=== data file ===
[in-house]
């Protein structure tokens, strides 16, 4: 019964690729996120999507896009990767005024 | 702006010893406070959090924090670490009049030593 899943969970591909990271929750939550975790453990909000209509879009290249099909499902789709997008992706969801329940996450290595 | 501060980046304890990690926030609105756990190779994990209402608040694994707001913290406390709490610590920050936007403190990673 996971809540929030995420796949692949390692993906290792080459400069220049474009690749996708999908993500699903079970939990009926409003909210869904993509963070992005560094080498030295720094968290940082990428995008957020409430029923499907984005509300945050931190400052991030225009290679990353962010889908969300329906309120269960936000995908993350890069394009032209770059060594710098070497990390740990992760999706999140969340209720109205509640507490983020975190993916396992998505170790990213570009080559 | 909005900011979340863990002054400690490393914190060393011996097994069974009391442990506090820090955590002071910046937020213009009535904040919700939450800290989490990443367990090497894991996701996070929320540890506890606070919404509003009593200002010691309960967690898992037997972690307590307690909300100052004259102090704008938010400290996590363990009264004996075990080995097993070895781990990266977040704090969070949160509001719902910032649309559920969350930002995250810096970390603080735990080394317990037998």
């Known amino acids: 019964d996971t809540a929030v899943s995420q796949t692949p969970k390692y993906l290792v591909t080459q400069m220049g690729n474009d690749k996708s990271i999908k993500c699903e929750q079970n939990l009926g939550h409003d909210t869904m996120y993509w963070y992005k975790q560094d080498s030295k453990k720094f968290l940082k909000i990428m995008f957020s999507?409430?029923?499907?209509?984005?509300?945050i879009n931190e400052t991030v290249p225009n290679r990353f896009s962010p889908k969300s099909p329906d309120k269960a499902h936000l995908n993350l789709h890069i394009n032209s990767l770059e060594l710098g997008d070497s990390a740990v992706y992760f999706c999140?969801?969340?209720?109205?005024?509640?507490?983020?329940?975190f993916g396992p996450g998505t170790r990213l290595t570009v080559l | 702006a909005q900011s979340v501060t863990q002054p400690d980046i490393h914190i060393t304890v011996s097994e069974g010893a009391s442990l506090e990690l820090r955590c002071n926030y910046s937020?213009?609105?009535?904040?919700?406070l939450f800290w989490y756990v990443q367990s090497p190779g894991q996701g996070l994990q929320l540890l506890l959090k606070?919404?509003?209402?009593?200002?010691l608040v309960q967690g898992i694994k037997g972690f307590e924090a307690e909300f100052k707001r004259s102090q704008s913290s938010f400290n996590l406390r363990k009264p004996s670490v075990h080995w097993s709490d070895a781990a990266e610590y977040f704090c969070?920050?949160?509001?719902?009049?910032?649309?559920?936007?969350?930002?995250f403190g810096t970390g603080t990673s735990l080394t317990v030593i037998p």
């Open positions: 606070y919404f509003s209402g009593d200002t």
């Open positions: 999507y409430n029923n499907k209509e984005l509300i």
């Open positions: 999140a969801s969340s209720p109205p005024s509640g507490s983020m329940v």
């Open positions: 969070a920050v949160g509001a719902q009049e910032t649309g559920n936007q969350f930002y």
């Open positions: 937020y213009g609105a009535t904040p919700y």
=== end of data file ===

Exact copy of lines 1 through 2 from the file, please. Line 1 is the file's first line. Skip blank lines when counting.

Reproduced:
[in-house]
């Protein structure tokens, strides 16, 4: 019964690729996120999507896009990767005024 | 702006010893406070959090924090670490009049030593 899943969970591909990271929750939550975790453990909000209509879009290249099909499902789709997008992706969801329940996450290595 | 501060980046304890990690926030609105756990190779994990209402608040694994707001913290406390709490610590920050936007403190990673 996971809540929030995420796949692949390692993906290792080459400069220049474009690749996708999908993500699903079970939990009926409003909210869904993509963070992005560094080498030295720094968290940082990428995008957020409430029923499907984005509300945050931190400052991030225009290679990353962010889908969300329906309120269960936000995908993350890069394009032209770059060594710098070497990390740990992760999706999140969340209720109205509640507490983020975190993916396992998505170790990213570009080559 | 909005900011979340863990002054400690490393914190060393011996097994069974009391442990506090820090955590002071910046937020213009009535904040919700939450800290989490990443367990090497894991996701996070929320540890506890606070919404509003009593200002010691309960967690898992037997972690307590307690909300100052004259102090704008938010400290996590363990009264004996075990080995097993070895781990990266977040704090969070949160509001719902910032649309559920969350930002995250810096970390603080735990080394317990037998």